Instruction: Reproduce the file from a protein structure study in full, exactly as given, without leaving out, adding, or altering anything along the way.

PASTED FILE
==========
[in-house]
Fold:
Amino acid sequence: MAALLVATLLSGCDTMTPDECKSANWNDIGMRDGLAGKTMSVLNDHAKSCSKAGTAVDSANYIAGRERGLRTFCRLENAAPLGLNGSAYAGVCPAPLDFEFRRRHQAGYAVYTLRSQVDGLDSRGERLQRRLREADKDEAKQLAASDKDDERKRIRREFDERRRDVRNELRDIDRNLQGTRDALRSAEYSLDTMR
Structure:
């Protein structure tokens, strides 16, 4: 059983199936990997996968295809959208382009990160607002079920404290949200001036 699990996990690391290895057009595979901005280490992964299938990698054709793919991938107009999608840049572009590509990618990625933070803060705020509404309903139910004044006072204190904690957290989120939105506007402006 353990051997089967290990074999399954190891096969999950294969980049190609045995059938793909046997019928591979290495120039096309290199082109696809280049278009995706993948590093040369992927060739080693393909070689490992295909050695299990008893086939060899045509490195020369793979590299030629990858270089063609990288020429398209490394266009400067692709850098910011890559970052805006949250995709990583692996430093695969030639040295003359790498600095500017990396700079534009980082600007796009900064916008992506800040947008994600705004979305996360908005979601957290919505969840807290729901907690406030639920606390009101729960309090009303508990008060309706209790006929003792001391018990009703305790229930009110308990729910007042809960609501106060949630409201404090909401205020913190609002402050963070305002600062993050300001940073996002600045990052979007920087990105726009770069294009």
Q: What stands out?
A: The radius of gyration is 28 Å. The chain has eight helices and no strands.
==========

[in-house]
Fold:
Amino acid sequence: MAALLVATLLSGCDTMTPDECKSANWNDIGMRDGLAGKTMSVLNDHAKSCSKAGTAVDSANYIAGRERGLRTFCRLENAAPLGLNGSAYAGVCPAPLDFEFRRRHQAGYAVYTLRSQVDGLDSRGERLQRRLREADKDEAKQLAASDKDDERKRIRREFDERRRDVRNELRDIDRNLQGTRDALRSAEYSLDTMR
Structure:
């Protein structure tokens, strides 16, 4: 059983199936990997996968295809959208382009990160607002079920404290949200001036 699990996990690391290895057009595979901005280490992964299938990698054709793919991938107009999608840049572009590509990618990625933070803060705020509404309903139910004044006072204190904690957290989120939105506007402006 353990051997089967290990074999399954190891096969999950294969980049190609045995059938793909046997019928591979290495120039096309290199082109696809280049278009995706993948590093040369992927060739080693393909070689490992295909050695299990008893086939060899045509490195020369793979590299030629990858270089063609990288020429398209490394266009400067692709850098910011890559970052805006949250995709990583692996430093695969030639040295003359790498600095500017990396700079534009980082600007796009900064916008992506800040947008994600705004979305996360908005979601957290919505969840807290729901907690406030639920606390009101729960309090009303508990008060309706209790006929003792001391018990009703305790229930009110308990729910007042809960609501106060949630409201404090909401205020913190609002402050963070305002600062993050300001940073996002600045990052979007920087990105726009770069294009």
Q: What stands out?
A: The radius of gyration is 28 Å. The chain has eight helices and no strands.